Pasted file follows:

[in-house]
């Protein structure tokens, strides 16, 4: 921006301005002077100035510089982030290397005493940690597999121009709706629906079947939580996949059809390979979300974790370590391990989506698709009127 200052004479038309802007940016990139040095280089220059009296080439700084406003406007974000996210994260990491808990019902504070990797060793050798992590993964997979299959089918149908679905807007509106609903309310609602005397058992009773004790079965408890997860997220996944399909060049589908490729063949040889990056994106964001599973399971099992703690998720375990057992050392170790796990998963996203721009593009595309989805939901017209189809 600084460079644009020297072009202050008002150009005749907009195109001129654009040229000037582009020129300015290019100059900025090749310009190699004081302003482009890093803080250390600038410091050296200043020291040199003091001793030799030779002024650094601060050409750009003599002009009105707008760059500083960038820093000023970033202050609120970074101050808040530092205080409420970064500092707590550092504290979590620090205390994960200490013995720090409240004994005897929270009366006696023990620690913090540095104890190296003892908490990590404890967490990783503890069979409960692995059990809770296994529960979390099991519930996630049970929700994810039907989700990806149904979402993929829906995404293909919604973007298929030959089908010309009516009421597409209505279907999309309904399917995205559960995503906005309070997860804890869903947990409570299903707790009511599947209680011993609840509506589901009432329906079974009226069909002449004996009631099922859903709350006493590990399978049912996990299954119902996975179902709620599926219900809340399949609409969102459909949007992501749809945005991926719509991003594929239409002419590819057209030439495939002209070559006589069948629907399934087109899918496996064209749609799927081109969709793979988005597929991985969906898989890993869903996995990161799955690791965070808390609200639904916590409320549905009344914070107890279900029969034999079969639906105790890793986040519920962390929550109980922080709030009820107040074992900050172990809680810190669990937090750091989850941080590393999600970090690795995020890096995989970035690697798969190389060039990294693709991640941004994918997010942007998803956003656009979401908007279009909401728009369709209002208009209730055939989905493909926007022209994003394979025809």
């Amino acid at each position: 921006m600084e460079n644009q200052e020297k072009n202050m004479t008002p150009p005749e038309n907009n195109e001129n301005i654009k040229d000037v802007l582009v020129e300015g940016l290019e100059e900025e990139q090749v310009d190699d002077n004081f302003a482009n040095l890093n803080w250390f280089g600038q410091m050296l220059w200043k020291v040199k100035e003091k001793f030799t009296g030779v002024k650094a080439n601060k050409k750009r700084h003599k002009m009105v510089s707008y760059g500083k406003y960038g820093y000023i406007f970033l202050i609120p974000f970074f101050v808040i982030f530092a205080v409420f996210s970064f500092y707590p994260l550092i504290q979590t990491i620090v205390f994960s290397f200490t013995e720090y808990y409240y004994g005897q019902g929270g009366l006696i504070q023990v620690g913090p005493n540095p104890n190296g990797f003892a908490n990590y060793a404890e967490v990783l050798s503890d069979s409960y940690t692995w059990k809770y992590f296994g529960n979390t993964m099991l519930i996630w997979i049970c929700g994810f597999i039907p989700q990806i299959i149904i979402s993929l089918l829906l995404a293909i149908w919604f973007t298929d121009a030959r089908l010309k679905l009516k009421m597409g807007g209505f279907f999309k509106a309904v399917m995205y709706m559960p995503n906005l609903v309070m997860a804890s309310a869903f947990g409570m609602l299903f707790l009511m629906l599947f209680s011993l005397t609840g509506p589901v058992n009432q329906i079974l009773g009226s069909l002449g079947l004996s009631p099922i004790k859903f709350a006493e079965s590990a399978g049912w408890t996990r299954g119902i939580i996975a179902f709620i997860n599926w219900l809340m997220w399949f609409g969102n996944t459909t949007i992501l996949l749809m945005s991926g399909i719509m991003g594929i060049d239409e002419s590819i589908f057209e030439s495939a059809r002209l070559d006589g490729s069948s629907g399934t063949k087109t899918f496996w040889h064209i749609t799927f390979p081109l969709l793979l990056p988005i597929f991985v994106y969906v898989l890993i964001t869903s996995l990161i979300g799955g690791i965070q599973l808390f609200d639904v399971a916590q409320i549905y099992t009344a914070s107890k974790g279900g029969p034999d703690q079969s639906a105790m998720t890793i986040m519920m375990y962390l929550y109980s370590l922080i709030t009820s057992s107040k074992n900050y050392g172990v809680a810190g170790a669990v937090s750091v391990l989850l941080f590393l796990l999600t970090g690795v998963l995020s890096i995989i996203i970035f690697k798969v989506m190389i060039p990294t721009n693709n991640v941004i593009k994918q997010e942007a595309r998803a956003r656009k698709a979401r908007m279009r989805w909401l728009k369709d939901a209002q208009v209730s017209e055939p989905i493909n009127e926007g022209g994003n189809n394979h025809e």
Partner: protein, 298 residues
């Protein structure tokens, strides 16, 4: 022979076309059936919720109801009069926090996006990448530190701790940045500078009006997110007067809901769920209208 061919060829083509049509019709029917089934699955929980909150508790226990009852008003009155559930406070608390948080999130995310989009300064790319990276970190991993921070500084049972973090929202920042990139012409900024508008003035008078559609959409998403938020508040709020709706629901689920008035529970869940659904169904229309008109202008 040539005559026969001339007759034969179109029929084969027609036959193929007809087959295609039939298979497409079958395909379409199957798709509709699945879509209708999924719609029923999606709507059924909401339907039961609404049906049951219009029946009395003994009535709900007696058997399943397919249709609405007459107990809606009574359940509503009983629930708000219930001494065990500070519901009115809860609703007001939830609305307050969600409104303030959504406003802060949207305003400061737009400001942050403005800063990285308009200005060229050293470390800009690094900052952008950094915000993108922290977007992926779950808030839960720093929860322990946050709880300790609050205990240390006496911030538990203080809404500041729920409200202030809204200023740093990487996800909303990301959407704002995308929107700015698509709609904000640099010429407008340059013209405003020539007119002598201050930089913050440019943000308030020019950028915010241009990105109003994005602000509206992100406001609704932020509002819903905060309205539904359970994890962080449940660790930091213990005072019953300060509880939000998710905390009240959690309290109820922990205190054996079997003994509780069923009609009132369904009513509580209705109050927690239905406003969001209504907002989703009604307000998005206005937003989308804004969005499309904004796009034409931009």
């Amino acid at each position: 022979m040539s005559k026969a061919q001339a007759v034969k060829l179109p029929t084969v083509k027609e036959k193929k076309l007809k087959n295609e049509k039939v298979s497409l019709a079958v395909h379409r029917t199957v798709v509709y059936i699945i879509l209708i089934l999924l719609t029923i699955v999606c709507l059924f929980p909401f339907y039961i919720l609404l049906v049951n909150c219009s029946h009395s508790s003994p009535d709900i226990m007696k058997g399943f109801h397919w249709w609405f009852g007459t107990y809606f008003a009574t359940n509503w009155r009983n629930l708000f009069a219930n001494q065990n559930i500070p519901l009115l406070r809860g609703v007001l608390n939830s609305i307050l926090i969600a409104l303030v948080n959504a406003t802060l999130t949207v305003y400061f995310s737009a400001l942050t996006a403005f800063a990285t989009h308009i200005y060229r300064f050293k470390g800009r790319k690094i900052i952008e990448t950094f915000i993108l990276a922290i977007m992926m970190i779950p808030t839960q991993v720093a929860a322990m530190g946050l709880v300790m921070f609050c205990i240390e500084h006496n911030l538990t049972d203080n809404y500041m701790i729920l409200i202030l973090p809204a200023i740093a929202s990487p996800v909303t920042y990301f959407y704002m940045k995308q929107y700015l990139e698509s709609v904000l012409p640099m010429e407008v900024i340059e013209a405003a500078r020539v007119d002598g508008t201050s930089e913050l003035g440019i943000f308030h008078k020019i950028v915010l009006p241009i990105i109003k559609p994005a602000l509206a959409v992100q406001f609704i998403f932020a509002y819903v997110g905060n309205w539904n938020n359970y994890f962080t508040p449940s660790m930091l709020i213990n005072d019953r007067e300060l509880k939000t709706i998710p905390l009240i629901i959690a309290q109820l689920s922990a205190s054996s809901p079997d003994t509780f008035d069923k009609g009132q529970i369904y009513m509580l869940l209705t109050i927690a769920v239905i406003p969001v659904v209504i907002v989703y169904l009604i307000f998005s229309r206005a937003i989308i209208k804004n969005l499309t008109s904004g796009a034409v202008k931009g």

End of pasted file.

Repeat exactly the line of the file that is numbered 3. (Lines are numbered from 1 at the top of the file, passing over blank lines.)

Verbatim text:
């Amino acid at each position: 921006m600084e460079n644009q200052e020297k072009n202050m004479t008002p150009p005749e038309n907009n195109e001129n301005i654009k040229d000037v802007l582009v020129e300015g940016l290019e100059e900025e990139q090749v310009d190699d002077n004081f302003a482009n040095l890093n803080w250390f280089g600038q410091m050296l220059w200043k020291v040199k100035e003091k001793f030799t009296g030779v002024k650094a080439n601060k050409k750009r700084h003599k002009m009105v510089s707008y760059g500083k406003y960038g820093y000023i406007f970033l202050i609120p974000f970074f101050v808040i982030f530092a205080v409420f996210s970064f500092y707590p994260l550092i504290q979590t990491i620090v205390f994960s290397f200490t013995e720090y808990y409240y004994g005897q019902g929270g009366l006696i504070q023990v620690g913090p005493n540095p104890n190296g990797f003892a908490n990590y060793a404890e967490v990783l050798s503890d069979s409960y940690t692995w059990k809770y992590f296994g529960n979390t993964m099991l519930i996630w997979i049970c929700g994810f597999i039907p989700q990806i299959i149904i979402s993929l089918l829906l995404a293909i149908w919604f973007t298929d121009a030959r089908l010309k679905l009516k009421m597409g807007g209505f279907f999309k509106a309904v399917m995205y709706m559960p995503n906005l609903v309070m997860a804890s309310a869903f947990g409570m609602l299903f707790l009511m629906l599947f209680s011993l005397t609840g509506p589901v058992n009432q329906i079974l009773g009226s069909l002449g079947l004996s009631p099922i004790k859903f709350a006493e079965s590990a399978g049912w408890t996990r299954g119902i939580i996975a179902f709620i997860n599926w219900l809340m997220w399949f609409g969102n996944t459909t949007i992501l996949l749809m945005s991926g399909i719509m991003g594929i060049d239409e002419s590819i589908f057209e030439s495939a059809r002209l070559d006589g490729s069948s629907g399934t063949k087109t899918f496996w040889h064209i749609t799927f390979p081109l969709l793979l990056p988005i597929f991985v994106y969906v898989l890993i964001t869903s996995l990161i979300g799955g690791i965070q599973l808390f609200d639904v399971a916590q409320i549905y099992t009344a914070s107890k974790g279900g029969p034999d703690q079969s639906a105790m998720t890793i986040m519920m375990y962390l929550y109980s370590l922080i709030t009820s057992s107040k074992n900050y050392g172990v809680a810190g170790a669990v937090s750091v391990l989850l941080f590393l796990l999600t970090g690795v998963l995020s890096i995989i996203i970035f690697k798969v989506m190389i060039p990294t721009n693709n991640v941004i593009k994918q997010e942007a595309r998803a956003r656009k698709a979401r908007m279009r989805w909401l728009k369709d939901a209002q208009v209730s017209e055939p989905i493909n009127e926007g022209g994003n189809n394979h025809e």